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Research Article Open Access
For efficient performance of photovoltaic (PV) panels and flat-plate solar collectors, one of the most important factors that should be considered is tilt angle. The common approach used by researchers has been to calculate the tilt angle (Ss) which maximizes the amount of solar radiation received by the collector. Economically, solar systems must provide a maximum energy to the customer not to collect maximum solar radiation. In some situations, there is a mismatch between them. However, solar harvesters need to be tilted at the correct angle to maximize the performance of the system. In this paper, the average monthly solar fraction of the system (the fraction of energy that is supplied by solar energy) is used as an indicator to find out the optimum tilt angle (Sf) for a solar system. This manner is profitable for most developing countries where there is no law governing the exchange of energy between the main provider of electrical energy in the country (in our case the general electrical company) and investors in the solar energy (for example, house owner). Regardless, that the solar radiation in the case optimum tilt angle based upon the maximum solar radiation collection (Ss) is 4% greater than that of the offered tilt angle (Sf), but we get an improvement in the solar fraction coefficient reached to 0.31%, which is equivalent to a yearly sum of 540 MWh. The solar radiation is calculated using the clear sky ASHRAE model and then multiplied by a magnification factor to meet most of the energy demand. This factor is physically presenting the solar conversion efficiency multiplied by the area of the solar collectors. Having the total monthly energy demand, the monthly solar fraction coefficient can be calculated by dividing the total monthly energy delivered by the solar system by the total monthly energy demand.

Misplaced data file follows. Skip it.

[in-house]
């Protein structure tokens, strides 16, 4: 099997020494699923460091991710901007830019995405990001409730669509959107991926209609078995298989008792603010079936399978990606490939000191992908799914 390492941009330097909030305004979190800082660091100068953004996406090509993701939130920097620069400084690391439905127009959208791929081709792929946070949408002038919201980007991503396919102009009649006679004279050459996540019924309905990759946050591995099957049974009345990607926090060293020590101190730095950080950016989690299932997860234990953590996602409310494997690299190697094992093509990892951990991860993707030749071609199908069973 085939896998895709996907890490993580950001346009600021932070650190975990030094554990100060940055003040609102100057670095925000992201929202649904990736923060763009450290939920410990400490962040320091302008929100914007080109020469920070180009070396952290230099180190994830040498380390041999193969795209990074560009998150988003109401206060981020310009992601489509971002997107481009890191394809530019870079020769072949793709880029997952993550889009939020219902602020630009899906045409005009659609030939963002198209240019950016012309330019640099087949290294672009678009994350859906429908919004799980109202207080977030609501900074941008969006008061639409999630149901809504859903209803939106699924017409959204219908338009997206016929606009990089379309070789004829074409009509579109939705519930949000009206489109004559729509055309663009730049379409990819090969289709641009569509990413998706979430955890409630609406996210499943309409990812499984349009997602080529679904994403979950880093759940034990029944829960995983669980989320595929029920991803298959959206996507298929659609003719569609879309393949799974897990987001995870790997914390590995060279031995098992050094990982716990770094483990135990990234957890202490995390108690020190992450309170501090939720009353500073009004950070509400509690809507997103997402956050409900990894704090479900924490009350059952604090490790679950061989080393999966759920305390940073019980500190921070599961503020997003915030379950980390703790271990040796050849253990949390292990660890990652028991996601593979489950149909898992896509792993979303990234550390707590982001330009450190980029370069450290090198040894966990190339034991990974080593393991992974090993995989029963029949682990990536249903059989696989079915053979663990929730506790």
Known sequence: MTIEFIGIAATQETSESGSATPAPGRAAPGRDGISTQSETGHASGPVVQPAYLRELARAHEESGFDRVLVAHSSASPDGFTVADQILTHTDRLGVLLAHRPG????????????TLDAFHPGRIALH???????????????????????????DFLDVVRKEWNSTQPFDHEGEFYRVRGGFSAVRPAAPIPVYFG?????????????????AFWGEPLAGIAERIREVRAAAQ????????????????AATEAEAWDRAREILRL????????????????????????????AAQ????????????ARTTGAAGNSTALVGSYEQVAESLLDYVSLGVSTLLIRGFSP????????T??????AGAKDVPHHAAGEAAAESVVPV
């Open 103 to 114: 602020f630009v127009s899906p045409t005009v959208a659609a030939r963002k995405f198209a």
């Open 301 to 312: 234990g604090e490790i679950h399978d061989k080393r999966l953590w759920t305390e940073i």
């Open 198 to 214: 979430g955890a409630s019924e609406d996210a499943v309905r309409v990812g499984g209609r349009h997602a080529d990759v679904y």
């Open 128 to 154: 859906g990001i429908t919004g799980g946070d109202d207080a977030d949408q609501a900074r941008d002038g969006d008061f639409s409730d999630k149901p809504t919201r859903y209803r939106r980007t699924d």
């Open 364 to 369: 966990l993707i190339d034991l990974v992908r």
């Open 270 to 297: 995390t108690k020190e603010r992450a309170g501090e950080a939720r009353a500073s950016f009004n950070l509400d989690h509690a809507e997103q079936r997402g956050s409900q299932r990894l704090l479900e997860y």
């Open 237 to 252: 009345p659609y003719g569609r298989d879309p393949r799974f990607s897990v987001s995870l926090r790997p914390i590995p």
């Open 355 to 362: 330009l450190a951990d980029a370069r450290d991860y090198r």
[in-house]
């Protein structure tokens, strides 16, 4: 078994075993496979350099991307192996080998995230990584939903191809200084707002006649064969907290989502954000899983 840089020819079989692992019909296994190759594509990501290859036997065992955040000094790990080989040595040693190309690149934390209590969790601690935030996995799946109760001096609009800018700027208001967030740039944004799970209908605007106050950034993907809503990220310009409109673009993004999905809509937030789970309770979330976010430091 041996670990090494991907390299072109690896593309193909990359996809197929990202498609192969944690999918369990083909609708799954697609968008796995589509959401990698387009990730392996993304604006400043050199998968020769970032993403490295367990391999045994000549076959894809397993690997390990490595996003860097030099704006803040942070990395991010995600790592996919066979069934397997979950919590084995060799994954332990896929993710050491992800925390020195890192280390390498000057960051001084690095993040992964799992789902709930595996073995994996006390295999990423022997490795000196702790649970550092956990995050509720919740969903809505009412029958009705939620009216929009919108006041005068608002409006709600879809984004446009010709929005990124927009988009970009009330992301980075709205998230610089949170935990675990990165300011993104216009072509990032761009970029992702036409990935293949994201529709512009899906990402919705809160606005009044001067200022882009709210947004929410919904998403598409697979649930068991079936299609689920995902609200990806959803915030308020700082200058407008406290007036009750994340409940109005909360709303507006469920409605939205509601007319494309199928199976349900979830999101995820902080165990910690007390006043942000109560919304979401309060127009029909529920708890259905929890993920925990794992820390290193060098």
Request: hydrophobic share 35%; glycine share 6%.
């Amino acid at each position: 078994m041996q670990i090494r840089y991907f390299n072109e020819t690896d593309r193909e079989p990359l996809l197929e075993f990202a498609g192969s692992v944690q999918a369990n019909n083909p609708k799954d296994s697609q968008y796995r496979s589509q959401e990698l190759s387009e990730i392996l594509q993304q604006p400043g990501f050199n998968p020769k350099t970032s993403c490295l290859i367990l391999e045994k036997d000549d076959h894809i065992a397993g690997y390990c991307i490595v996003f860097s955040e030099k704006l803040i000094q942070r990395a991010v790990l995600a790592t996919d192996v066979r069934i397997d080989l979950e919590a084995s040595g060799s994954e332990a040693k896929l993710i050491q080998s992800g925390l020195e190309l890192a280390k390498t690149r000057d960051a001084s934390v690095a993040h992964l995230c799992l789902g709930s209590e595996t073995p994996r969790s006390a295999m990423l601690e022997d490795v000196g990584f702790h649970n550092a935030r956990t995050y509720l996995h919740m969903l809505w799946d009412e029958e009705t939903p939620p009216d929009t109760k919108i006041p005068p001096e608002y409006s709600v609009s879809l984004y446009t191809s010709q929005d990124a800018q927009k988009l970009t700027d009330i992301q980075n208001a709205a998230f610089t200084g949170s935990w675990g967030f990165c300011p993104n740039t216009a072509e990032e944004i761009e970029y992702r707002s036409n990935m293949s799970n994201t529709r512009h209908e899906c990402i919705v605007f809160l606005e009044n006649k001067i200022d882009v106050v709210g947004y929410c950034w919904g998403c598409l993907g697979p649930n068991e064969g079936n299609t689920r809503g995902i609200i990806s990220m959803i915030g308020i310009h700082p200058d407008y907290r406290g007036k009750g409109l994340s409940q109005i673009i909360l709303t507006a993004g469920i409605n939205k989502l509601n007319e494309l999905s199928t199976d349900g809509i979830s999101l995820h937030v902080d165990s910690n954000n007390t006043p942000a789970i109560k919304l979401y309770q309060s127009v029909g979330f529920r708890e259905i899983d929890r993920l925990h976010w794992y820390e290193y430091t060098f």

Solar radiation, Optimum tilt angle, Electrical load, Solar fraction coefficient, Solar Energy (Thermal and Electrical)